Mental health, in general, refers to an individual’s psychological and emotional wellness. It refers to how we feel, think and act. According to a report by WHO, mental health also includes the ability to cope with life’s daily stressors, be productive as well as contribute to the community.
Maternal mental health therefore, refers to a woman’s mental health during the perinatal period. The perinatal period is a term that is generally used to define the period during pregnancy and up to one year after childbirth.
Pregnancy brings with it great excitement for many mothers-to-be. This transition, however, places women at great vulnerability of mental health difficulties. Research suggests that women are at the greatest risk of mental illness during pregnancy and in the postpartum period. This is true even for women who have no history of a mental illness.
Why is maternal mental health important?
Maternal mental health is a basic right for every woman. Sadly, in many low- and middle-income countries such as Kenya, maternal mental health has not been made a priority in the country’s health agenda. This places a huge burden on the quality of the lives affected women lead.
According to a report made by The Partnership for Maternal, Newborn and Child Health, maternal mental illnesses are a leading cause of disability in the maternal health sector. Statistics show that 1 in every 5 women will experience a mental illness during pregnancy or after birth. This has been linked to maternal mortality, making maternal mental health matters crucial to every country’s health agenda.
Challenges in the maternal mental health field
In the past, many people did not understand that pregnant women and new mothers were at risk of a mental illness. Part of the reason for this was/is the low awareness level and stigma present in the community. Many women are afraid to share about how they feel because of the shame associated with maternal mental illness. This is also coupled with the fear that the baby may be taken away from them.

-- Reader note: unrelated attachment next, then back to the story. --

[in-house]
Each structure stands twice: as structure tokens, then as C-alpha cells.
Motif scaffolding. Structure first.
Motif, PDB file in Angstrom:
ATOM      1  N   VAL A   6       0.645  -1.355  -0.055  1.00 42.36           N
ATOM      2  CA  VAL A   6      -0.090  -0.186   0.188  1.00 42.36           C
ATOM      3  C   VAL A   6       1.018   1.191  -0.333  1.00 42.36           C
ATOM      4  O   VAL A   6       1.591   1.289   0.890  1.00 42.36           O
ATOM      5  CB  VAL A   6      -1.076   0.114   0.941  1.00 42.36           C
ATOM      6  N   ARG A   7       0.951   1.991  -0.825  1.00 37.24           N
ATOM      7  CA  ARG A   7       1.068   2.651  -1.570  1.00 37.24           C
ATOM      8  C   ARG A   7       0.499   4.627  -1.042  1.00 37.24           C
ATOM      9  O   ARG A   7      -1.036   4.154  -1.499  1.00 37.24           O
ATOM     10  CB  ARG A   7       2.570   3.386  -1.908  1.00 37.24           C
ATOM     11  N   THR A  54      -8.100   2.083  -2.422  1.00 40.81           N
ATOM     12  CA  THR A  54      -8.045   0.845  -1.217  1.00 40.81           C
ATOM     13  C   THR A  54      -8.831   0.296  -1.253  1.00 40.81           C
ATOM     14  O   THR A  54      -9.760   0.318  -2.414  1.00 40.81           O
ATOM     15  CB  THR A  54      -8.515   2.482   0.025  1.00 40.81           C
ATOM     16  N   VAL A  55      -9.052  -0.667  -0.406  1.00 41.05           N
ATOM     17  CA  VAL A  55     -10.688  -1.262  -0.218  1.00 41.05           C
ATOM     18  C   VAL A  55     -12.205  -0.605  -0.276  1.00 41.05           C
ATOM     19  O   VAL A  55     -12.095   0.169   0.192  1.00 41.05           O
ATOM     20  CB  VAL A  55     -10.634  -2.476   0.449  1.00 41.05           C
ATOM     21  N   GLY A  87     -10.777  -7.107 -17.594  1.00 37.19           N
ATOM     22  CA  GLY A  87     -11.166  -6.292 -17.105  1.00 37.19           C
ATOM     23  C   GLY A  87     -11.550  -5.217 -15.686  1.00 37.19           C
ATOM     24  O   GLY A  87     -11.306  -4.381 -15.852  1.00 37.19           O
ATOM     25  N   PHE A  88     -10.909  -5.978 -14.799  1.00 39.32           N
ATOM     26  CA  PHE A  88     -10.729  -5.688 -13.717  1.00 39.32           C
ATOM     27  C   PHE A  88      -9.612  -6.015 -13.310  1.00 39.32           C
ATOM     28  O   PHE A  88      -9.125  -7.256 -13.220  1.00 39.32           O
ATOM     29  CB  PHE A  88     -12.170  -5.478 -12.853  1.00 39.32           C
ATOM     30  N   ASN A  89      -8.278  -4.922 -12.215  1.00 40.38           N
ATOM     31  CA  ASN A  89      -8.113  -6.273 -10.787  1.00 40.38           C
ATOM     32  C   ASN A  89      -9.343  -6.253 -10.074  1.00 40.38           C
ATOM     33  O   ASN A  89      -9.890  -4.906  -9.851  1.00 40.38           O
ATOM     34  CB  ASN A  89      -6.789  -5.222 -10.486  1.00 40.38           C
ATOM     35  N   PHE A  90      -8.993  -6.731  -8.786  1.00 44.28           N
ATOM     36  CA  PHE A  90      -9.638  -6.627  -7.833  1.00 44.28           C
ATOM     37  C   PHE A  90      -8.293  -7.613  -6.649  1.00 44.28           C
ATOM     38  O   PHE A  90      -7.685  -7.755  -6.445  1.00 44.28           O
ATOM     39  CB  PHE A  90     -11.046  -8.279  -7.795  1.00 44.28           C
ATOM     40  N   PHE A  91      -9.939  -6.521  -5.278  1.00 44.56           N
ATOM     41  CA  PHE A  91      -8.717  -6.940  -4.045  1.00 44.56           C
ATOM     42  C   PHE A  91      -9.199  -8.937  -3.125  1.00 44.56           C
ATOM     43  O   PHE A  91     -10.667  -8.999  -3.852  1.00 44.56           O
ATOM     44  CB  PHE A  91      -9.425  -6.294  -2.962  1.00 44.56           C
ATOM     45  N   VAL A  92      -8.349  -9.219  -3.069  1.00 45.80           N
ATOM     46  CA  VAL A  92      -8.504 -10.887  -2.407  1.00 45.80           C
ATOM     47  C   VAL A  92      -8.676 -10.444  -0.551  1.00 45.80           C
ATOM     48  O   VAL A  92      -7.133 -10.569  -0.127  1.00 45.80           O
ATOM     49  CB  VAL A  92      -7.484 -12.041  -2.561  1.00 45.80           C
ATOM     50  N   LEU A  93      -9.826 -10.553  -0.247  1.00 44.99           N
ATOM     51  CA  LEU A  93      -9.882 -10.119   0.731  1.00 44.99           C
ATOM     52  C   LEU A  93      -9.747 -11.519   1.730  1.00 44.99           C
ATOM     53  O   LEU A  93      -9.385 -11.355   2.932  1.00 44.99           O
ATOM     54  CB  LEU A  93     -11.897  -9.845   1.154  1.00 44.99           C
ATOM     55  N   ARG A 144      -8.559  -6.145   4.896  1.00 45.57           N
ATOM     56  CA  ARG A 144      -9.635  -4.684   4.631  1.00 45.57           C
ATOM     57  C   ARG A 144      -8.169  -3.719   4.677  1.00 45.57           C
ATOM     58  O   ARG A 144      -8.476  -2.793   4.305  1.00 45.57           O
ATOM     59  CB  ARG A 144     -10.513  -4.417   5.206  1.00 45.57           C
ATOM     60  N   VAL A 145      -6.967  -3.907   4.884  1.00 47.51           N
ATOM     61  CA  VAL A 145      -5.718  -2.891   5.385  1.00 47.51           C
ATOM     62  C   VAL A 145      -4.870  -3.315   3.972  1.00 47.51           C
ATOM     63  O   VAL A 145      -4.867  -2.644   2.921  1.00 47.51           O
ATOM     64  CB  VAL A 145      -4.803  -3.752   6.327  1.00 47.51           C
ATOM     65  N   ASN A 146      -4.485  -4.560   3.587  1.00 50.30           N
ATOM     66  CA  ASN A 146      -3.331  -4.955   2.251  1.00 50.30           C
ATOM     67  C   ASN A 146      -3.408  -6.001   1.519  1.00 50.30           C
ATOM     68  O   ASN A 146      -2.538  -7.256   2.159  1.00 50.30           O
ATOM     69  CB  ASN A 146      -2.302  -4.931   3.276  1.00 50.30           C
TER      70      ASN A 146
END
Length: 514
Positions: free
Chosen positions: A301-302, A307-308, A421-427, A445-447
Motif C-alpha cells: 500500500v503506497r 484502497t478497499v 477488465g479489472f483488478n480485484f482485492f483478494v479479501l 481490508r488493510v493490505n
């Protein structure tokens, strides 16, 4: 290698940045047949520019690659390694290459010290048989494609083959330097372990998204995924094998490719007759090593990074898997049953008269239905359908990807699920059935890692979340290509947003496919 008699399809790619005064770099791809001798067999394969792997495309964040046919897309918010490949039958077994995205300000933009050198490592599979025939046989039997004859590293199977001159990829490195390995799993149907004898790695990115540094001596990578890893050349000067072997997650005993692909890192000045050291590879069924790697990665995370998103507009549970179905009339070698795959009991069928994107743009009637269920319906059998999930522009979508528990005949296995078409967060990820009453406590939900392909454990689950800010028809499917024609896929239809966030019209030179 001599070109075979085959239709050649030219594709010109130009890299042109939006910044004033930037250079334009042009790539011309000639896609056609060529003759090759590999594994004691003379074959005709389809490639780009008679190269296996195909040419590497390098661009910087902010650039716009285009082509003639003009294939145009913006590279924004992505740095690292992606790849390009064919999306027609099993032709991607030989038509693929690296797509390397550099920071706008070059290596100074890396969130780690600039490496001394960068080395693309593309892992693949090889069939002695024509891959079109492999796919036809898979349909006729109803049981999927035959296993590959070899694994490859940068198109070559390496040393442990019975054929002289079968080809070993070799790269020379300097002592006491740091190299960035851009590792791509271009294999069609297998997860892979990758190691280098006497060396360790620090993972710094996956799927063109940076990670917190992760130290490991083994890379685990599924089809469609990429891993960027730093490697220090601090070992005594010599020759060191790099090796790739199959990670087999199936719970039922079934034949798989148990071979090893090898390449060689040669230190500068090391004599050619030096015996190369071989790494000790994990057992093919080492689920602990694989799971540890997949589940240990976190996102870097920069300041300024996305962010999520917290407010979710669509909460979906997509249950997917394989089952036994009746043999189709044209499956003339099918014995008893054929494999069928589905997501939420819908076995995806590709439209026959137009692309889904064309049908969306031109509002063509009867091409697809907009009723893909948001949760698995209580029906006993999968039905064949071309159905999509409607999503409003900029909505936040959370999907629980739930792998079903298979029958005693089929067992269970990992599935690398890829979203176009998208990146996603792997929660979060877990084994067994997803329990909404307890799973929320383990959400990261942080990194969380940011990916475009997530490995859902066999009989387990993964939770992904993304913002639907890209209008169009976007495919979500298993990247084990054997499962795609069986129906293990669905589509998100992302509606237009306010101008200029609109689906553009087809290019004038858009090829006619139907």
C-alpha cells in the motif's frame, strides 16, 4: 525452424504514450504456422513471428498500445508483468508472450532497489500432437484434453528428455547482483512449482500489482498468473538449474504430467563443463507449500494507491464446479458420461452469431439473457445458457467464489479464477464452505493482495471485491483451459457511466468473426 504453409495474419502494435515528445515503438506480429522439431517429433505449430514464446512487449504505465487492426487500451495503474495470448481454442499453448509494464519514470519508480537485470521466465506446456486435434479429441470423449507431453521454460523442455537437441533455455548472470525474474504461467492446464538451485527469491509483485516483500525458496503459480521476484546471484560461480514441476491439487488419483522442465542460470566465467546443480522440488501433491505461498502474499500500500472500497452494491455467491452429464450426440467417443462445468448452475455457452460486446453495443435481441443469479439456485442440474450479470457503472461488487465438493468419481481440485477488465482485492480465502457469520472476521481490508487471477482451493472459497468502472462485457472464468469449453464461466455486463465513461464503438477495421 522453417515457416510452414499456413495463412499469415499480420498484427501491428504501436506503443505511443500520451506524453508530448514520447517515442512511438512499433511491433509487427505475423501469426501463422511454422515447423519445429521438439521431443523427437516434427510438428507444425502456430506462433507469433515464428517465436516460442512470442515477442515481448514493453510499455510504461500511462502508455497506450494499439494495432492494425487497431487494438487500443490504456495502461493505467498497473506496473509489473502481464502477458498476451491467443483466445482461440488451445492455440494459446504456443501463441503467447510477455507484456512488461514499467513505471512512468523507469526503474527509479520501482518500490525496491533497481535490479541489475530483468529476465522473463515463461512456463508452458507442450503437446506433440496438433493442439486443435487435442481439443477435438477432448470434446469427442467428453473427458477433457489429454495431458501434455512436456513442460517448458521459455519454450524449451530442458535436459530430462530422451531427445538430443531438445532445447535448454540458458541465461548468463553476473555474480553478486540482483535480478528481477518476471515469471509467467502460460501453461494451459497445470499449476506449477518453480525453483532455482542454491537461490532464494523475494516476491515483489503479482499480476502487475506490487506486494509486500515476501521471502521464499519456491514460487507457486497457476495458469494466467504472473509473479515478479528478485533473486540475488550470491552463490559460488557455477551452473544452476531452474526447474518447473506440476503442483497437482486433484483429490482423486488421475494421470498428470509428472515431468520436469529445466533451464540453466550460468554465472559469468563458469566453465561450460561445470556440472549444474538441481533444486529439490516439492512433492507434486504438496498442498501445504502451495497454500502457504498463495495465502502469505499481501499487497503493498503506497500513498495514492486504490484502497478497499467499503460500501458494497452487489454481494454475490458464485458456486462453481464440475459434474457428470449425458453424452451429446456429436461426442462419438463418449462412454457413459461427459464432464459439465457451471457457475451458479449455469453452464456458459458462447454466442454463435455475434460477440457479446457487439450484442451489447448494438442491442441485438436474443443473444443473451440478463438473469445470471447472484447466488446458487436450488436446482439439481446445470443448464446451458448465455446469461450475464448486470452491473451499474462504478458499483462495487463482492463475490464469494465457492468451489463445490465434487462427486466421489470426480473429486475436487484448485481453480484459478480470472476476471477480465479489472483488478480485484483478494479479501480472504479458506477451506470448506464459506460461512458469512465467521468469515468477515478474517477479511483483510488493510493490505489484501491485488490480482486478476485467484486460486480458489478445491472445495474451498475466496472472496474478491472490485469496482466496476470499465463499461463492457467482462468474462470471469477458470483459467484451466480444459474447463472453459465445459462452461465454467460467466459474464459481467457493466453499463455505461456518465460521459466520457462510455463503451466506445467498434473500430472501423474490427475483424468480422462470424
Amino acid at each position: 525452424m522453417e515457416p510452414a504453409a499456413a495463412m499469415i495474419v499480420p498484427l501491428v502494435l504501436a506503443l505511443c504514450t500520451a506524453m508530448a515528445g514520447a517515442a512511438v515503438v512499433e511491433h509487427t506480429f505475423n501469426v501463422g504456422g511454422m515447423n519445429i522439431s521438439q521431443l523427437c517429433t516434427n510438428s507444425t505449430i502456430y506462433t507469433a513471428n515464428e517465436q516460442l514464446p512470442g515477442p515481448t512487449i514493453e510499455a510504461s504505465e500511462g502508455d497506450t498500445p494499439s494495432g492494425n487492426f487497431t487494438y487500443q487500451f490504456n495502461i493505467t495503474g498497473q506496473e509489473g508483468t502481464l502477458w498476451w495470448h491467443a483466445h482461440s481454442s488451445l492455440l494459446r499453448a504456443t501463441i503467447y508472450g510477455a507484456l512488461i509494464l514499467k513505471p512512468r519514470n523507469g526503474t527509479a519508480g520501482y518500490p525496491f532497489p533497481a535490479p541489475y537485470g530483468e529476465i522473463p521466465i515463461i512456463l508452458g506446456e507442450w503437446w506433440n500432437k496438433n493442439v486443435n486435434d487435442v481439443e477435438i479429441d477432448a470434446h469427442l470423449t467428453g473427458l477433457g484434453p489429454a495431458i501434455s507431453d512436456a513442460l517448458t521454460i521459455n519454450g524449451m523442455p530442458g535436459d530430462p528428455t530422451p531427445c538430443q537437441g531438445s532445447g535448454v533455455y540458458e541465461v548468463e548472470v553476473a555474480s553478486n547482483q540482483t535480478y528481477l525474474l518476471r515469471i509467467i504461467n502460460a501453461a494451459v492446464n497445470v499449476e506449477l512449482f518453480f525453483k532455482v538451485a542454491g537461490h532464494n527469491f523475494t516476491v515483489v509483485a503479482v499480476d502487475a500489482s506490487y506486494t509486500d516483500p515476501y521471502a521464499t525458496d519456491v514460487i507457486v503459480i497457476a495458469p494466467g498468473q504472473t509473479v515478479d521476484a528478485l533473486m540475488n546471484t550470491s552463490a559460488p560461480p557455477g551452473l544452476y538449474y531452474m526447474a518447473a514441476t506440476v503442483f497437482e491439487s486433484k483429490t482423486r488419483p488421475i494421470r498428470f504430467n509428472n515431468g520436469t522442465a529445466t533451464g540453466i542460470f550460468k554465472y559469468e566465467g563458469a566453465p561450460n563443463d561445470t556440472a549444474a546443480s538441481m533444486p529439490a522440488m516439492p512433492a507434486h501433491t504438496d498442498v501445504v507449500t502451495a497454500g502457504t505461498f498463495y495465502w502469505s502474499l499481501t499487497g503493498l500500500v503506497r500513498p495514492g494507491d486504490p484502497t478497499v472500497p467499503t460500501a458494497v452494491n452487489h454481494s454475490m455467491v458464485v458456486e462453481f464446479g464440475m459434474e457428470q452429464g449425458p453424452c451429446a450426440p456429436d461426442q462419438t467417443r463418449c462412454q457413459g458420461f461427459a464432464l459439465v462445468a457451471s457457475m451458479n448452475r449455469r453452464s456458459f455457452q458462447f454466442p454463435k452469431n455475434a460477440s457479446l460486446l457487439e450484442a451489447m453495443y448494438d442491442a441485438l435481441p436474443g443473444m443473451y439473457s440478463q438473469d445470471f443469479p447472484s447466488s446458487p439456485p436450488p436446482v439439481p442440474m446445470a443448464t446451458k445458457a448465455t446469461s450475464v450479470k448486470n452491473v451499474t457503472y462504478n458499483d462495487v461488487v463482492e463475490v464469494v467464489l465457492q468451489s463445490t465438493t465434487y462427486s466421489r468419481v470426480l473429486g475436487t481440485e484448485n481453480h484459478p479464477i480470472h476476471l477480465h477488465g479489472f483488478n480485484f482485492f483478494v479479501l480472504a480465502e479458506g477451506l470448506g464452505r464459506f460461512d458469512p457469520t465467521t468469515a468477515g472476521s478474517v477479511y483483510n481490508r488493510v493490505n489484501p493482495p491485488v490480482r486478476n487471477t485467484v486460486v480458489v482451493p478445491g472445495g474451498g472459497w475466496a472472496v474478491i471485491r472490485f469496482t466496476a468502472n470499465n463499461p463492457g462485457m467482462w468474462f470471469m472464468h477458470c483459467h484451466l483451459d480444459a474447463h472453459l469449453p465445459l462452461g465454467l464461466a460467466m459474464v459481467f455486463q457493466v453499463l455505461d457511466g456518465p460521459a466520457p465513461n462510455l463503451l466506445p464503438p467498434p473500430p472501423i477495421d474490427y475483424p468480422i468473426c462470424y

In addition to this, many health workers have often been trained to address physical conditions in a manner that creates a distinction between physical and mental health. This, according to the Perinatal Mental Health Project, leads to the diagnosis and treatment of symptoms that present physically without addressing the psychosocial impact thereof.
What are some of the maternal mental illnesses that women can experience?
Pregnancy and the postpartum period can be a challenging time for many women. It is not uncommon for women to feel emotional and anxious during this period. It is important, however, to be aware of what maternal mental illnesses are, the symptoms associated and treatment options. Below are some of the maternal mental illnesses.
The baby blues
The ‘baby blues’, also known as postpartum blues are very common, affecting up to 80% of new mothers. Baby blues are characterized by sudden mood swings, irritability, loneliness, sadness, and impatience as well as restlessness. The postpartum blues typically last from a few hours after birth to about two weeks. Baby blues typically do not require any treatment. If the symptoms continue for a long period of time and interfere with a woman’s daily activities, they often to other maternal mental illnesses as listed below.
Depression during pregnancy and after birth
Pregnancy Depression and Postpartum Depression (PPD) are mental conditions that are often characterized by symptoms such as extreme sadness, fatigue, hopelessness, disturbed sleep and appetite (whether too little or too much), irritability and feelings of guilt. In severe PPD, women may experience thoughts of self-harm and/or suicide
Anxiety during pregnancy and after birth
A woman with anxiety during pregnancy or in the postpartum period will often have excessive fears about her baby’s health and safety. Some of the symptoms of anxiety include panic attacks, chest pains, numbness, dizziness and a sense of losing control over events around one’s life.